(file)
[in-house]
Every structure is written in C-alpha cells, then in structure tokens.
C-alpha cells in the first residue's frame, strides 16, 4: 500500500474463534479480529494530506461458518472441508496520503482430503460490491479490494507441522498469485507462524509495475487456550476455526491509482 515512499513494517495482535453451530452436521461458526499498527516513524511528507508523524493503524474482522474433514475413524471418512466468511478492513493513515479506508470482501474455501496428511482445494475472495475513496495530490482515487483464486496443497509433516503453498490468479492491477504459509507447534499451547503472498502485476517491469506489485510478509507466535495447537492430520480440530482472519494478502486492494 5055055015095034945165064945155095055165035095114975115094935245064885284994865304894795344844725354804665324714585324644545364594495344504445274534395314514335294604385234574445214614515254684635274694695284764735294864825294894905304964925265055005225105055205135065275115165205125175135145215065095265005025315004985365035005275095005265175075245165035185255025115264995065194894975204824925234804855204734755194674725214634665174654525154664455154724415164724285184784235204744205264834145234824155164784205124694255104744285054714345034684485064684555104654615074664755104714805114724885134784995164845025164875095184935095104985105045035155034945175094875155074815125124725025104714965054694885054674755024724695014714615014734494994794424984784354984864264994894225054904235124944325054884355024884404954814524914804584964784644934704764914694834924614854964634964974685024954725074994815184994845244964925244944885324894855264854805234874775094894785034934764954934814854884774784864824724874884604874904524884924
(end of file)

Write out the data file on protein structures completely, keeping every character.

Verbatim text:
[in-house]
Every structure is written in C-alpha cells, then in structure tokens.
C-alpha cells in the first residue's frame, strides 16, 4: 500500500474463534479480529494530506461458518472441508496520503482430503460490491479490494507441522498469485507462524509495475487456550476455526491509482 515512499513494517495482535453451530452436521461458526499498527516513524511528507508523524493503524474482522474433514475413524471418512466468511478492513493513515479506508470482501474455501496428511482445494475472495475513496495530490482515487483464486496443497509433516503453498490468479492491477504459509507447534499451547503472498502485476517491469506489485510478509507466535495447537492430520480440530482472519494478502486492494 5055055015095034945165064945155095055165035095114975115094935245064885284994865304894795344844725354804665324714585324644545364594495344504445274534395314514335294604385234574445214614515254684635274694695284764735294864825294894905304964925265055005225105055205135065275115165205125175135145215065095265005025315004985365035005275095005265175075245165035185255025115264995065194894975204824925234804855204734755194674725214634665174654525154664455154724415164724285184784235204744205264834145234824155164784205124694255104744285054714345034684485064684555104654615074664755104714805114724885134784995164845025164875095184935095104985105045035155034945175094875155074815125124725025104714965054694885054674755024724695014714615014734494994794424984784354984864264994894225054904235124944325054884355024884404954814524914804584964784644934704764914694834924614854964634964974685024954725074994815184994845244964925244944885324894855264854805234874775094894785034934764954934814854884774784864824724874884604874904524884924